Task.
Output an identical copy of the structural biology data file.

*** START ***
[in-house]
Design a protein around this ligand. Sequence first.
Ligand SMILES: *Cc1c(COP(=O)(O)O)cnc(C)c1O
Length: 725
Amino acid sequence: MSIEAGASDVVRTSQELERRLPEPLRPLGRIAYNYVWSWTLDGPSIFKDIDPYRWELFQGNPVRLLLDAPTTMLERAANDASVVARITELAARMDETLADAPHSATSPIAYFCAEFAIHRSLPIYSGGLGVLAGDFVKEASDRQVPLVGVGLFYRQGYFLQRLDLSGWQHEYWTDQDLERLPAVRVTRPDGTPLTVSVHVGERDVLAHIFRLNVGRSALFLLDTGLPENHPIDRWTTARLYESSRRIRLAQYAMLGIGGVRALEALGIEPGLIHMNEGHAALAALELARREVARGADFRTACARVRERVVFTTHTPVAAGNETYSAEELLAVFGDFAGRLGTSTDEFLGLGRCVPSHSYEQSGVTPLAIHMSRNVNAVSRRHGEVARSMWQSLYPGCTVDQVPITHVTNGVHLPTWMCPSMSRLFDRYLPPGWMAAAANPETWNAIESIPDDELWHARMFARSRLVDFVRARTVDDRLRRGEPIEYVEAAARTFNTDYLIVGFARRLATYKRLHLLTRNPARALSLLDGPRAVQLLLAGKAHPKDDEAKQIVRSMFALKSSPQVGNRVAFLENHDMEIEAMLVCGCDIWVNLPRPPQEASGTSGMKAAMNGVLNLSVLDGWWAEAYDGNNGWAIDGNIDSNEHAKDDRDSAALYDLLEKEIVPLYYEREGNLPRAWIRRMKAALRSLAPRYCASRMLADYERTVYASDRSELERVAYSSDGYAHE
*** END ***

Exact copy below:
[in-house]
Design a protein around this ligand. Sequence first.
Ligand SMILES: *Cc1c(COP(=O)(O)O)cnc(C)c1O
Length: 725
Amino acid sequence: MSIEAGASDVVRTSQELERRLPEPLRPLGRIAYNYVWSWTLDGPSIFKDIDPYRWELFQGNPVRLLLDAPTTMLERAANDASVVARITELAARMDETLADAPHSATSPIAYFCAEFAIHRSLPIYSGGLGVLAGDFVKEASDRQVPLVGVGLFYRQGYFLQRLDLSGWQHEYWTDQDLERLPAVRVTRPDGTPLTVSVHVGERDVLAHIFRLNVGRSALFLLDTGLPENHPIDRWTTARLYESSRRIRLAQYAMLGIGGVRALEALGIEPGLIHMNEGHAALAALELARREVARGADFRTACARVRERVVFTTHTPVAAGNETYSAEELLAVFGDFAGRLGTSTDEFLGLGRCVPSHSYEQSGVTPLAIHMSRNVNAVSRRHGEVARSMWQSLYPGCTVDQVPITHVTNGVHLPTWMCPSMSRLFDRYLPPGWMAAAANPETWNAIESIPDDELWHARMFARSRLVDFVRARTVDDRLRRGEPIEYVEAAARTFNTDYLIVGFARRLATYKRLHLLTRNPARALSLLDGPRAVQLLLAGKAHPKDDEAKQIVRSMFALKSSPQVGNRVAFLENHDMEIEAMLVCGCDIWVNLPRPPQEASGTSGMKAAMNGVLNLSVLDGWWAEAYDGNNGWAIDGNIDSNEHAKDDRDSAALYDLLEKEIVPLYYEREGNLPRAWIRRMKAALRSLAPRYCASRMLADYERTVYASDRSELERVAYSSDGYAHE